“It’s amazing that the people managed to defeat the system. Because it’s exactly that. The corrupt red party (essentially in power since the revolution, 25 years ago) has everything in this country: government, parliament majority, pretty much all the mayors in the country, the orthodox church (priests actually told people whom to vote for), television [stations], etc. and, of course, millions of dollars. And yet, they lost, despite massive frauds. It really is an incredible moment, because we surprisingly managed to avoid something akin to a dictatorship…now there is a lot more hope.”
How can you honestly feel, and understand, all of that, and the effect it has on an entire nation and the world, if you’re not directly involved?
I’ll tell you how. You travel.
The Most Powerful Experience Possible
When you travel, you don’t just read about something, and you don’t just see something either. You feel it.
When it comes to the Romanian election, I felt it.
I felt the horror when my friends showed up at the polling station in Bucharest only to be told that they couldn’t vote because there were no more registration papers left (which all voters were required to sign). I felt the anger when I heard that my friends started demanding that those forms appear and that they be allowed to vote. I felt the victory when, after accepting nothing less than being able to exercise their right to vote, the officials at the polling station finally gave in and suddenly ‘found’ some extra forms.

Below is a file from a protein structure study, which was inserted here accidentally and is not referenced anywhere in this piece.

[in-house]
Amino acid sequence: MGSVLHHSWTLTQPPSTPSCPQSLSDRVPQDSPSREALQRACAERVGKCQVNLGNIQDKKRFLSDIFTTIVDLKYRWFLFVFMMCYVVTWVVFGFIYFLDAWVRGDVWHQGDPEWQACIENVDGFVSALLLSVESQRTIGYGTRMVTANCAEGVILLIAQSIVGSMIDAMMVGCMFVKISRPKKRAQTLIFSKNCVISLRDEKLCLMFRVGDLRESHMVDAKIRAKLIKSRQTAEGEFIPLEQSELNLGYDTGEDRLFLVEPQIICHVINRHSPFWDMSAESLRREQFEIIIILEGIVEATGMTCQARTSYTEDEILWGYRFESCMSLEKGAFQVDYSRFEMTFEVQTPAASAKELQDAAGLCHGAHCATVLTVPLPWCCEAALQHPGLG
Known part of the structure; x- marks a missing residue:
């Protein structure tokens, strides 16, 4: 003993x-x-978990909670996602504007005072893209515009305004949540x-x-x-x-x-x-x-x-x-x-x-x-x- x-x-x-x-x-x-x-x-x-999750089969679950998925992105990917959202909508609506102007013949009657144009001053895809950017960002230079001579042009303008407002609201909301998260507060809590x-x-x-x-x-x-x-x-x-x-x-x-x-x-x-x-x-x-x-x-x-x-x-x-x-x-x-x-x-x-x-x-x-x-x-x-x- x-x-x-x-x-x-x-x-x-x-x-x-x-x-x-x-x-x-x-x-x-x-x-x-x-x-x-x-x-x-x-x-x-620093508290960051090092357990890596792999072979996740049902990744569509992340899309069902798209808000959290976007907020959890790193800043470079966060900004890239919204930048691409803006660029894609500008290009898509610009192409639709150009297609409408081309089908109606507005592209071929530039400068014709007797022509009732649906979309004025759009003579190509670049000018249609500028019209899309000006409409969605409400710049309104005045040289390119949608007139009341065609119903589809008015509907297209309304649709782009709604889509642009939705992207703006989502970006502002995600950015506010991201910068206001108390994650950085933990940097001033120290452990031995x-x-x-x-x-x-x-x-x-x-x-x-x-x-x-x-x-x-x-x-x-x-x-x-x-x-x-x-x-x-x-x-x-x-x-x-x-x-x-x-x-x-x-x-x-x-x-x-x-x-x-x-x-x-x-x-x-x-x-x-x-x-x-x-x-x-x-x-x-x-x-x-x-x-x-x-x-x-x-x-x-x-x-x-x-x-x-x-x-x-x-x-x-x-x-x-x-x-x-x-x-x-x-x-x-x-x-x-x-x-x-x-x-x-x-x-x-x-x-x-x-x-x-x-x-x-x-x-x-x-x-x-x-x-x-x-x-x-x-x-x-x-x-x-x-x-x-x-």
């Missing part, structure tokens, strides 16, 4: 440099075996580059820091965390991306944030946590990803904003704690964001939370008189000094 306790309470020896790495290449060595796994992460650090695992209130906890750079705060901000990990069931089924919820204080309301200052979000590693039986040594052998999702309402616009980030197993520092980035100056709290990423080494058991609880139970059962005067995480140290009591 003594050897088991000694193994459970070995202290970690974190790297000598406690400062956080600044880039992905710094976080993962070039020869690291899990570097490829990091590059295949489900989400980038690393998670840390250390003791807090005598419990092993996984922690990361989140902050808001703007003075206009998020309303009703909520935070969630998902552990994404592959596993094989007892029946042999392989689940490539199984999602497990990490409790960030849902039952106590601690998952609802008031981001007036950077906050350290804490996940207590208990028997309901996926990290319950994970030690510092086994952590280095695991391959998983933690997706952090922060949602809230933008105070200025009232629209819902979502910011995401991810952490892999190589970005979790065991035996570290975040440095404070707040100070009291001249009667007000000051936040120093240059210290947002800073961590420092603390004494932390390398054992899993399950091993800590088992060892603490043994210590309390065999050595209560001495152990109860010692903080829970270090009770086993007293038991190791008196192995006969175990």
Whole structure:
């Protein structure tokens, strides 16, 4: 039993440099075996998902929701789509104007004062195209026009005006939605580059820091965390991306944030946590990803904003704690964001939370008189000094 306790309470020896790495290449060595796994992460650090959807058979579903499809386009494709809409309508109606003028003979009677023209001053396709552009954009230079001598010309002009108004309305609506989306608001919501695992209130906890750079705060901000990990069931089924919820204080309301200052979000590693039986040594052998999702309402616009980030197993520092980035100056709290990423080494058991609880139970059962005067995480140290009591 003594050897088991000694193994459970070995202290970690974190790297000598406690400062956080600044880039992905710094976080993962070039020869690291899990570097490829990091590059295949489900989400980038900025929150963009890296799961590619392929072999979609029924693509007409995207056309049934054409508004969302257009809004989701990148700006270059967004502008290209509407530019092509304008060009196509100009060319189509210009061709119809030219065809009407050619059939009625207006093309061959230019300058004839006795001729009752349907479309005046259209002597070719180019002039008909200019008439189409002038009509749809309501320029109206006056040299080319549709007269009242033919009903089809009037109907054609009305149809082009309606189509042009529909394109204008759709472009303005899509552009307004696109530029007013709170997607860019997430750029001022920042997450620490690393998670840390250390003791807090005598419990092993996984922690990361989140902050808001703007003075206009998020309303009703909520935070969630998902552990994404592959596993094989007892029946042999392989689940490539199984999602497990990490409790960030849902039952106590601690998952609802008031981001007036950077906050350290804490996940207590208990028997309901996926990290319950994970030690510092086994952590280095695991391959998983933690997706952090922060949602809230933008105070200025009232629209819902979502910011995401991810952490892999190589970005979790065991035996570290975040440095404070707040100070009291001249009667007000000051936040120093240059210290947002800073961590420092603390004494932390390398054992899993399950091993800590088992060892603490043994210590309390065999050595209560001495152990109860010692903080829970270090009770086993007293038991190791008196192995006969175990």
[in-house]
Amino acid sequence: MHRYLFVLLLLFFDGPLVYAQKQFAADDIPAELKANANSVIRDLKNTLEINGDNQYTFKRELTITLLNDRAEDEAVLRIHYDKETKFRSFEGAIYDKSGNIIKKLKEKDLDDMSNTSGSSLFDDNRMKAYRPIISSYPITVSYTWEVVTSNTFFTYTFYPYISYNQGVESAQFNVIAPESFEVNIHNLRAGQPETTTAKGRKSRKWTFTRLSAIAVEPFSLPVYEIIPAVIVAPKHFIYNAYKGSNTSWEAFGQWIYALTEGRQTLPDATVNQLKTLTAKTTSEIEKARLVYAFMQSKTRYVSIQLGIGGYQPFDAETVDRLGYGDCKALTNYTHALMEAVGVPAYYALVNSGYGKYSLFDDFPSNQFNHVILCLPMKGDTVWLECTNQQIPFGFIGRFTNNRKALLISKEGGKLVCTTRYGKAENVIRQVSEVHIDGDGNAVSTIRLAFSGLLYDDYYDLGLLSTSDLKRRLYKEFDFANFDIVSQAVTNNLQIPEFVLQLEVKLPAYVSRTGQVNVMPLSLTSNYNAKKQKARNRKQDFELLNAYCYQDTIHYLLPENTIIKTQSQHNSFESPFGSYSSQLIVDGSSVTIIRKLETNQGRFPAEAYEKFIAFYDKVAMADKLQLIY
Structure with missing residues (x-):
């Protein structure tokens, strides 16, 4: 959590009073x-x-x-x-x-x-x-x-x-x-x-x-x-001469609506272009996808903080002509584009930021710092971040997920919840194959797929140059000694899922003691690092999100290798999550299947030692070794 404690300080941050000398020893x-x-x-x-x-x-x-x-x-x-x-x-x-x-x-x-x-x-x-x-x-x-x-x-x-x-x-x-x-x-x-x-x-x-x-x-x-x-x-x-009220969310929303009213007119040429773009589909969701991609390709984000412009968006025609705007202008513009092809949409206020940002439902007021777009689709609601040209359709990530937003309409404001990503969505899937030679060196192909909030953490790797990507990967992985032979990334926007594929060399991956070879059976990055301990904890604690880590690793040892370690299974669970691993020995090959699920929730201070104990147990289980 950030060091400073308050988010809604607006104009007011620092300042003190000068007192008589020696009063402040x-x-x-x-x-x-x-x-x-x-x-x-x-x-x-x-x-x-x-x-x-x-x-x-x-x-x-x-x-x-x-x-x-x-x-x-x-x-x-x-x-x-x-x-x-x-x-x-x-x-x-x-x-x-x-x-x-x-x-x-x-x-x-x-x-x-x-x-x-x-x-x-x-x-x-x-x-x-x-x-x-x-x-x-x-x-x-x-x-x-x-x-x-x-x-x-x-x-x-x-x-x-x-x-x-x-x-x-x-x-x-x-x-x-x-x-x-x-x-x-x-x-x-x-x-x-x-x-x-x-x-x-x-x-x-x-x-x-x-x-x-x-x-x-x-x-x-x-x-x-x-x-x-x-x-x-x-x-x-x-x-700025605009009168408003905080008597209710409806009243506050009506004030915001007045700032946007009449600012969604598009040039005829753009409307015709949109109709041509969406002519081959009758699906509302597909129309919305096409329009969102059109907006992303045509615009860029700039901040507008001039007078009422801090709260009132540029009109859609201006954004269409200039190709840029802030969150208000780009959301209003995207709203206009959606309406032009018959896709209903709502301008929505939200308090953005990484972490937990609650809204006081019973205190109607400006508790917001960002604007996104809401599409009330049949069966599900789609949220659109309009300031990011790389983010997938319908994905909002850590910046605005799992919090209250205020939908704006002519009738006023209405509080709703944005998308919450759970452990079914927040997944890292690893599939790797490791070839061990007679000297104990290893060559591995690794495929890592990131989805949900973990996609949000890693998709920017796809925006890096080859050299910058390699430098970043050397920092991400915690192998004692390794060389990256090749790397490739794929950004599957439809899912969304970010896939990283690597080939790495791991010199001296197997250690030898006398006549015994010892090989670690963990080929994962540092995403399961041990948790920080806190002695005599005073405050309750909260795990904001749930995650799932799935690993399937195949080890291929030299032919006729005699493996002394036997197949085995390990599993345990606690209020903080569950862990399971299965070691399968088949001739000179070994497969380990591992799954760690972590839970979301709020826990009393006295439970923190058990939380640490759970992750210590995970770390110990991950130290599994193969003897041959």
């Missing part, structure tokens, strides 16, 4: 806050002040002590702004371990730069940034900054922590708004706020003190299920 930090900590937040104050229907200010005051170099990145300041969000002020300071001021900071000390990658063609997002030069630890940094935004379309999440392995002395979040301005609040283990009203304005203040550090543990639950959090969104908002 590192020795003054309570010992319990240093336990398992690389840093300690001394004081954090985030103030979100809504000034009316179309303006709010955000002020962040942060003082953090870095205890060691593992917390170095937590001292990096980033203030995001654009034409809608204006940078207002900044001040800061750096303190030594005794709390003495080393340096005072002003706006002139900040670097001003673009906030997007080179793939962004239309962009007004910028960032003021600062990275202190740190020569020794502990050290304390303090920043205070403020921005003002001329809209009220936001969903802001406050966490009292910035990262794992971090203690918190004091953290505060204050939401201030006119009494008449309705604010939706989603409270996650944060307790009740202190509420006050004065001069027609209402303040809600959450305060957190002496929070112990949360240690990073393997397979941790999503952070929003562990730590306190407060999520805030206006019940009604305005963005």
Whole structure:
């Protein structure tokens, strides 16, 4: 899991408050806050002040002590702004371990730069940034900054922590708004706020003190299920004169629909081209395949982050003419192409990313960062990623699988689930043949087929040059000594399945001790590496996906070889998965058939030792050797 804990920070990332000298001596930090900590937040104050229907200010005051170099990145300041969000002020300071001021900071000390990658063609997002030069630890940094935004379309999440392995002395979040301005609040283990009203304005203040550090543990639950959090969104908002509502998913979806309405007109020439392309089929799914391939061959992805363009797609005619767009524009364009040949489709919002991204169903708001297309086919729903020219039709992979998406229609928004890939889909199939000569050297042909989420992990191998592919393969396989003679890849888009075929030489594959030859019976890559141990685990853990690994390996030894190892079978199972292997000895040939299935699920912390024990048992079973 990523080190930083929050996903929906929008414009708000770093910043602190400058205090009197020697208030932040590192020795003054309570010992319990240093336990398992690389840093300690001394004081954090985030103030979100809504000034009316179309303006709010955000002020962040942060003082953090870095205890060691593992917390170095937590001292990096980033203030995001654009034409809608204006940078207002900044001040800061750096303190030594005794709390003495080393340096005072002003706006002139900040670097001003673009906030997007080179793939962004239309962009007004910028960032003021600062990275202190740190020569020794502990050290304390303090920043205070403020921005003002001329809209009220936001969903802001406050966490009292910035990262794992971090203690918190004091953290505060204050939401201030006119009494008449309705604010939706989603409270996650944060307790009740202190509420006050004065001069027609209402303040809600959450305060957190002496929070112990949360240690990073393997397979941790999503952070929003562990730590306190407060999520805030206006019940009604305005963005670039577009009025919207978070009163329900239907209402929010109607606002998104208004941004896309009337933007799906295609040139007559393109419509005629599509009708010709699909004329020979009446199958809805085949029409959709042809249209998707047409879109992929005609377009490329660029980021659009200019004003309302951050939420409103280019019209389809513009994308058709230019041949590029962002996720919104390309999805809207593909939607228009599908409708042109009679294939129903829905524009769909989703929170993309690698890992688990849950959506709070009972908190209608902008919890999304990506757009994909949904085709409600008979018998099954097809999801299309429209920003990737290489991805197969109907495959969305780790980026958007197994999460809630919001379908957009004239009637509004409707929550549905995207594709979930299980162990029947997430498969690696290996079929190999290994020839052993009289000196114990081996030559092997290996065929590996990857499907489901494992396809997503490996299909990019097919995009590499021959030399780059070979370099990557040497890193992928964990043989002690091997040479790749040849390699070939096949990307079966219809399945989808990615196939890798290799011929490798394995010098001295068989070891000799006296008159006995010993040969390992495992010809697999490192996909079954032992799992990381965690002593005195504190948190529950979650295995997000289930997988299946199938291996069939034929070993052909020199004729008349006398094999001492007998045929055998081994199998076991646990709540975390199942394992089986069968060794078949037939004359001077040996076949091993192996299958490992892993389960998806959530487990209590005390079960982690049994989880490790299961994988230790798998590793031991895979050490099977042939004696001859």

I felt the frustration when a Romanian friend living in Prague waited in the cold for hours to vote, only to be turned away because the Romanian Embassy was taking so long to process each voter. I felt the urgency when he then called his 90 year old grandmother in his home village back in Romania and begged her to go outside and vote so that his voice could be heard through her.